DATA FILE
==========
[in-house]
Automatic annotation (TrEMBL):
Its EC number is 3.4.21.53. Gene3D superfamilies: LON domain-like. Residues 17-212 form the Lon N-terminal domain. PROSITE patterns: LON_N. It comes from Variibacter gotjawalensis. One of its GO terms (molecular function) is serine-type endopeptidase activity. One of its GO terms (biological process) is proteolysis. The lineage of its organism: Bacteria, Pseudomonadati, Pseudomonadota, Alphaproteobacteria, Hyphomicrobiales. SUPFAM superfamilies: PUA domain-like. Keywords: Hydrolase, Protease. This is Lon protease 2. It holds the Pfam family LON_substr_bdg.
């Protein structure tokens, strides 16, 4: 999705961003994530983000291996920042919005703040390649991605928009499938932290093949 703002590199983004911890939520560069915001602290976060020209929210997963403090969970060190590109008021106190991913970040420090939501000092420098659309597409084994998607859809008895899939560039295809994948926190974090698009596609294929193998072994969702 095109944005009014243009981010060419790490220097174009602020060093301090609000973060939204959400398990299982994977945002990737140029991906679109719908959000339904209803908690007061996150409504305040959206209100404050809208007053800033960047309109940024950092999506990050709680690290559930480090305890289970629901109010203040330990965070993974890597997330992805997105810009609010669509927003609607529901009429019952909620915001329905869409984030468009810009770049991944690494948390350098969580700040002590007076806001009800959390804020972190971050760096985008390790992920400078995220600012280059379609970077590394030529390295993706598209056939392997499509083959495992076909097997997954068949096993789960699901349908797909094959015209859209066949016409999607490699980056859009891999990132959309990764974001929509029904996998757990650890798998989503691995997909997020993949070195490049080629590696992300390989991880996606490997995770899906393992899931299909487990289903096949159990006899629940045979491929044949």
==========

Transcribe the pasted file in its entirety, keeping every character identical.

[in-house]
Automatic annotation (TrEMBL):
Its EC number is 3.4.21.53. Gene3D superfamilies: LON domain-like. Residues 17-212 form the Lon N-terminal domain. PROSITE patterns: LON_N. It comes from Variibacter gotjawalensis. One of its GO terms (molecular function) is serine-type endopeptidase activity. One of its GO terms (biological process) is proteolysis. The lineage of its organism: Bacteria, Pseudomonadati, Pseudomonadota, Alphaproteobacteria, Hyphomicrobiales. SUPFAM superfamilies: PUA domain-like. Keywords: Hydrolase, Protease. This is Lon protease 2. It holds the Pfam family LON_substr_bdg.
């Protein structure tokens, strides 16, 4: 999705961003994530983000291996920042919005703040390649991605928009499938932290093949 703002590199983004911890939520560069915001602290976060020209929210997963403090969970060190590109008021106190991913970040420090939501000092420098659309597409084994998607859809008895899939560039295809994948926190974090698009596609294929193998072994969702 095109944005009014243009981010060419790490220097174009602020060093301090609000973060939204959400398990299982994977945002990737140029991906679109719908959000339904209803908690007061996150409504305040959206209100404050809208007053800033960047309109940024950092999506990050709680690290559930480090305890289970629901109010203040330990965070993974890597997330992805997105810009609010669509927003609607529901009429019952909620915001329905869409984030468009810009770049991944690494948390350098969580700040002590007076806001009800959390804020972190971050760096985008390790992920400078995220600012280059379609970077590394030529390295993706598209056939392997499509083959495992076909097997997954068949096993789960699901349908797909094959015209859209066949016409999607490699980056859009891999990132959309990764974001929509029904996998757990650890798998989503691995997909997020993949070195490049080629590696992300390989991880996606490997995770899906393992899931299909487990289903096949159990006899629940045979491929044949």